All You Need To Know About Markov Models?

0
28
Markov model

A Markov model is a stochastic (that is, approach to anything that is based on probability) method for randomly changing systems which assumes that to predict the state of a system at time ‘t’, we need to know the state of the system at time ‘t-1’ only. These models show all possible states as well as the transitions, rate of transitions and probabilities between them.

In simple words (Markov Model):

We can say that Markov Model can tell us the next state, that is, state at time ‘t’ based only on the recent previous state, that is, state at time ‘t-1’. The following are some of the implementations/variations of Markov Models:

1) Markov chain – Used by systems that are autonomous and have fully observable states.
2) Hidden Markov model – Used by systems that are autonomous and where the state is partially observable.
3) Markov decision processes – Used by controlled systems with a fully observable state.
4) Partially observable Markov decision processes – Used by controlled systems where the state is partially observable.

We will not go in the details of the types of Markov models. Rather, we will try to learn a basic “Markov Model” having observable states.

Markov assumption can be written as:

P(eventt | eventt-1, eventt-2, .., event1) = P(eventt|eventt-1)

Model
For a very basic Markov Model, all the states will be observable, that is, there will be no hidden states. States represent the various cases, or say, instances, that we are going to consider. For example, if we talk about “weather”, the possible states can be ‘Rainy’ or ‘Sunny’, or if we talk about grocery stores, the various states can be the different nearest stores, etc.

In the first example, we will see in detail how actually a Markov Model predicts the next day’s weather.

The change in state from one to another is known as Transition. The transition from one state to another is represented by the corresponding probability, known as transition probability.

The transitions are basically visualised via a directed graph and the edges in the graph have the probabilities of transition from one state to other.

For every Markov Model, firstly, we draw a matrix of transition probabilities that show the probability of occurrence of a state after a particular state. And from the definition of Markov Model, we know that to predict tomorrow’s state (that is, next state) we must have today’s state (that is, current state).

Hence, for better understanding, we can write:

[Next State] = [Matrix of Transition Probabilities] * [Current State]

X1 = PX0

*X1, P, X0 all are matrices.

Weather Prediction
Consider the matrix of transition probabilities below.

CURRENT STATE

NEXT STATE

RAINY

SUNNY

START

0.7

0.3

RAINY

0.4

0.6

SUNNY

0.3

0.7

Now, let us construct a directed graph on the basis of above table which will show some of the transitions of states.

Weather prediction graph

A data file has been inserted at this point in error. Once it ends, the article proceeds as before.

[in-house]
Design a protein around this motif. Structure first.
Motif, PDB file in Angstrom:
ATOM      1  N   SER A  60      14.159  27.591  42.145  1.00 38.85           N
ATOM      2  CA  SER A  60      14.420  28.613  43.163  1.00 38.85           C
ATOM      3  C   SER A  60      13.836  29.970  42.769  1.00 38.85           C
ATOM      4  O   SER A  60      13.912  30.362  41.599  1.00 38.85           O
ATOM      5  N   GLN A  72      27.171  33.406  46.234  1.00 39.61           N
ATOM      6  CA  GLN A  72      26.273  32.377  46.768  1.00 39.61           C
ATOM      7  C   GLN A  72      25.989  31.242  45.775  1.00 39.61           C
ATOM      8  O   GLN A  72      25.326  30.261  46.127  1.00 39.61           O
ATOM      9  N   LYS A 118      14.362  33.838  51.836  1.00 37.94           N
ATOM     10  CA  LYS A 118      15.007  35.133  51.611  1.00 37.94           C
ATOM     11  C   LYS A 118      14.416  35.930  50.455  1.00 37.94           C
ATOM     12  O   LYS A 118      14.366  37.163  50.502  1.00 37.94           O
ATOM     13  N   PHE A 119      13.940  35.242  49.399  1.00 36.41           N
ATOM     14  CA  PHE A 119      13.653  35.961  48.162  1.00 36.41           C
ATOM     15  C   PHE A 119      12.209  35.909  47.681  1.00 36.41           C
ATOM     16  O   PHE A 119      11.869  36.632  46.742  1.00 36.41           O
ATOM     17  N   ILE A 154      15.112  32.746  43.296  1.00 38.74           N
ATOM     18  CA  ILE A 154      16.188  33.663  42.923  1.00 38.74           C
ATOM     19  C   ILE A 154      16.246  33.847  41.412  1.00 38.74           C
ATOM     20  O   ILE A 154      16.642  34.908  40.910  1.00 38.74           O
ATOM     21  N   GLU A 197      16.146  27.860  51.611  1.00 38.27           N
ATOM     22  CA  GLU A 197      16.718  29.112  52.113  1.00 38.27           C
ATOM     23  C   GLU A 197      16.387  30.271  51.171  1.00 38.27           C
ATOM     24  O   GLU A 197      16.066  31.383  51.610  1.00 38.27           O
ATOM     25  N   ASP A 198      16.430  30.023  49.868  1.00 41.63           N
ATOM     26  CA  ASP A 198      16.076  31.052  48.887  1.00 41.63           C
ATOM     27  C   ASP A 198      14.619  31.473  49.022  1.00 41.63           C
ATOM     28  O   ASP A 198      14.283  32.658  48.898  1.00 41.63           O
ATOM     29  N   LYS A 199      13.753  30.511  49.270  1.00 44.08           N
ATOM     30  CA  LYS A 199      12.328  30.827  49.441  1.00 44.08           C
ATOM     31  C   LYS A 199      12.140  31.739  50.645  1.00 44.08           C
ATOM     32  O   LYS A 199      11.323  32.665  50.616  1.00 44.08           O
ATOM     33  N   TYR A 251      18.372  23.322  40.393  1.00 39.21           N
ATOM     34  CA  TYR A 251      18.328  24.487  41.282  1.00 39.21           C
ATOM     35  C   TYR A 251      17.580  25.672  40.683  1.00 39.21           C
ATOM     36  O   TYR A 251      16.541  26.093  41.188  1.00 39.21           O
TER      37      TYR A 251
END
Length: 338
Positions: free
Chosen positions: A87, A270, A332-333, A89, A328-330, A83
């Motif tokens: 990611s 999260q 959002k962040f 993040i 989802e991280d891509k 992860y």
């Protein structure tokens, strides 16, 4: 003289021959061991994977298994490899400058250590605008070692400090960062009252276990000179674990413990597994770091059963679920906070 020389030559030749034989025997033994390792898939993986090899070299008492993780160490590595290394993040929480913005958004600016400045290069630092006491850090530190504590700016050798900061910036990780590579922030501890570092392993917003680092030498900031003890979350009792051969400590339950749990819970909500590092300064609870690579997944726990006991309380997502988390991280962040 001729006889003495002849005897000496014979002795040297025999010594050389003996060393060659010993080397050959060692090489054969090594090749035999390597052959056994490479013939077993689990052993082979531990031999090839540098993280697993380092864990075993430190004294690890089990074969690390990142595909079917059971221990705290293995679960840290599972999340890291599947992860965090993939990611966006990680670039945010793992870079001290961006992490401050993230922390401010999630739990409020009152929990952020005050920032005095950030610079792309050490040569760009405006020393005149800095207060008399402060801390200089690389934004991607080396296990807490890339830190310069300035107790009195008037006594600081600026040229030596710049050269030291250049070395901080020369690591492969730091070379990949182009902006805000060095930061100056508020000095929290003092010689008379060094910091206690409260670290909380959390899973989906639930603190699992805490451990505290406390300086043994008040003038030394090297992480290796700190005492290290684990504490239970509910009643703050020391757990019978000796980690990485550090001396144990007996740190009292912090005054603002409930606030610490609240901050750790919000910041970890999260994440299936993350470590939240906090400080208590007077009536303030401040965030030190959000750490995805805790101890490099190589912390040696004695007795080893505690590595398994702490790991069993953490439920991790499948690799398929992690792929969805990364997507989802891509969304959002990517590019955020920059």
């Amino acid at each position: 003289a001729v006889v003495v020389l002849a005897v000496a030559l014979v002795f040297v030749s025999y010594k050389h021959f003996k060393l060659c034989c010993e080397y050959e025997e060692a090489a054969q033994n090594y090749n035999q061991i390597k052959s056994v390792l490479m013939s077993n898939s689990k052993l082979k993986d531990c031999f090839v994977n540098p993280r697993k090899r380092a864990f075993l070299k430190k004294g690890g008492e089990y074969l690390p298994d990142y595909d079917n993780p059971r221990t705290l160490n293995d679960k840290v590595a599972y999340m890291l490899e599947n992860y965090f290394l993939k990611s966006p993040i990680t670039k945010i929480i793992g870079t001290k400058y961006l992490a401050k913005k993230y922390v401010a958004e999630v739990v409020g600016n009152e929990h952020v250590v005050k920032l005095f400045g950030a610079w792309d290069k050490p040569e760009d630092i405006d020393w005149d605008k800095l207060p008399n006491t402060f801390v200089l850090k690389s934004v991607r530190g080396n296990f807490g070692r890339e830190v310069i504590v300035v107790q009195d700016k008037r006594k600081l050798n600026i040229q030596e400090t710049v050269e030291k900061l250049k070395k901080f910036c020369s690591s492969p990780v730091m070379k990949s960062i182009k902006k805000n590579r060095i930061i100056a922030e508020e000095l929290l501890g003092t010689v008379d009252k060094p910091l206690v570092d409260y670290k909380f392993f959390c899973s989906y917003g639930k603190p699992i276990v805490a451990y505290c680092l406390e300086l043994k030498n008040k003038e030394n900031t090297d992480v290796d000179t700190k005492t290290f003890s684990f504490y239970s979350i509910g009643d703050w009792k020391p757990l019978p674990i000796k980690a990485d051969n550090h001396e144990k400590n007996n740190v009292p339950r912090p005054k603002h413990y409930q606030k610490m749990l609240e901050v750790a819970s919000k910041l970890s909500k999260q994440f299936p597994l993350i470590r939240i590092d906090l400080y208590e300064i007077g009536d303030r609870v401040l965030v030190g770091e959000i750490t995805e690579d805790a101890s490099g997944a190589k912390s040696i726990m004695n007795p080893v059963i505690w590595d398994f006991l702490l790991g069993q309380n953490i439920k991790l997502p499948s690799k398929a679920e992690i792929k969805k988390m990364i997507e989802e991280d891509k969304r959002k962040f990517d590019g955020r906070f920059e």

Now, let us try to understand the above graph prepared from the ‘Matrix of Transition Probabilities’:

*NOTE:
We may omit start and we can start with either ‘Rainy’ or ‘Sunny’ directly because mostly, the transition matrix is considered to be square matrix but for good understanding, I have used ‘Start’ state. However, in the code, we will omit the start state.

The start state represents the starting point and the values.

P(rainy|start) = 0.7
P(sunny|start) = 0.3

P(rainy|start) and P(sunny|start) represent the probabilities that we have generalised from the previous states (that is, states before start) or say, from the previous study of a place.

Now, if we know that today is a ‘RAINY’ day and we want to predict for tomorrow, then we can directly predict from the above graph.

P(rainy|start, rainy) = 0.4 * 0.7 = 0.28
Here, 0.7 is the probability of a day being ‘rainy’ if we have started from the ‘start’ state and 0.4 is probability of a day being ‘rainy’ if the previous day was ‘rainy’.

Example

Question
What is the probability of getting the weather sequence as “RAINY RAINY RAINY SUNNY”?

Answer
P(rainy|start) = 0.7; eq—1
eq—1 gives the probability of 1st day to be ‘RAINY’

P(rainy|start, rainy) = 0.7 * 0.4 = 0.28 eq—2
eq—2 gives the probability of 2nd day to be ‘RAINY’ given 1st day was rainy.

P(rainy|start, rainy, rainy) = 0.28 * 0.4 = 0.112 eq—3
eq—3 gives the probability of 3rd day to be ‘RAINY’ given 2nd day was rainy.

P(sunny|start, rainy, rainy, rainy) = 0.112 * 0.6 = 0.0672 eq—4
eq—4 gives the probability of 4th day to be ‘SUNNY’ given 3rd day was rainy.

So,according to Markov Model we can get the sequence as “RAINY RAINY RAINY SUNNY” with probability 0.0672.

Code

Now, let’s move on to the code.

We will take the same problem as above, that is, weather prediction which do not have any start state.

Firstly we have to define:

i) Our States.
ii) Transitions.
iii) Transition probabilities.
iv) Weather of starting day.
iv) Number of days to predict.

*All the initialisations are mentioned and all the steps are well explained with the help of comments in the code.

LEAVE A REPLY

Please enter your comment!
Please enter your name here